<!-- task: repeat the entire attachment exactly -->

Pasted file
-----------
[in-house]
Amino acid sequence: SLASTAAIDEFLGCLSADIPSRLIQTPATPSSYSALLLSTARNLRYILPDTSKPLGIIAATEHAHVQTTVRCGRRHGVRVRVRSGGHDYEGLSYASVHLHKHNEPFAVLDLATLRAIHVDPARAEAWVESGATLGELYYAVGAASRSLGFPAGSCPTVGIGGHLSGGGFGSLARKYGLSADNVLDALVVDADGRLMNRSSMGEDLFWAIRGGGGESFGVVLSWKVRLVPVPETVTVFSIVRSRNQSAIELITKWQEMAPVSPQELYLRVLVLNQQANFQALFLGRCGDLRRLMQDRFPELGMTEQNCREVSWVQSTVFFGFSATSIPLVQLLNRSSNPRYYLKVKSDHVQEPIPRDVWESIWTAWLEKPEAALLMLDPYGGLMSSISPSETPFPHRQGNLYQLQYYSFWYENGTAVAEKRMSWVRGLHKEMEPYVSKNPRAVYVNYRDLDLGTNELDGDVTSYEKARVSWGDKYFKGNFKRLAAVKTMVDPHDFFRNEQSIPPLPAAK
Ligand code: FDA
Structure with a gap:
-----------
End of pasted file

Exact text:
[in-house]
Amino acid sequence: SLASTAAIDEFLGCLSADIPSRLIQTPATPSSYSALLLSTARNLRYILPDTSKPLGIIAATEHAHVQTTVRCGRRHGVRVRVRSGGHDYEGLSYASVHLHKHNEPFAVLDLATLRAIHVDPARAEAWVESGATLGELYYAVGAASRSLGFPAGSCPTVGIGGHLSGGGFGSLARKYGLSADNVLDALVVDADGRLMNRSSMGEDLFWAIRGGGGESFGVVLSWKVRLVPVPETVTVFSIVRSRNQSAIELITKWQEMAPVSPQELYLRVLVLNQQANFQALFLGRCGDLRRLMQDRFPELGMTEQNCREVSWVQSTVFFGFSATSIPLVQLLNRSSNPRYYLKVKSDHVQEPIPRDVWESIWTAWLEKPEAALLMLDPYGGLMSSISPSETPFPHRQGNLYQLQYYSFWYENGTAVAEKRMSWVRGLHKEMEPYVSKNPRAVYVNYRDLDLGTNELDGDVTSYEKARVSWGDKYFKGNFKRLAAVKTMVDPHDFFRNEQSIPPLPAAK
Ligand code: FDA
Structure with a gap: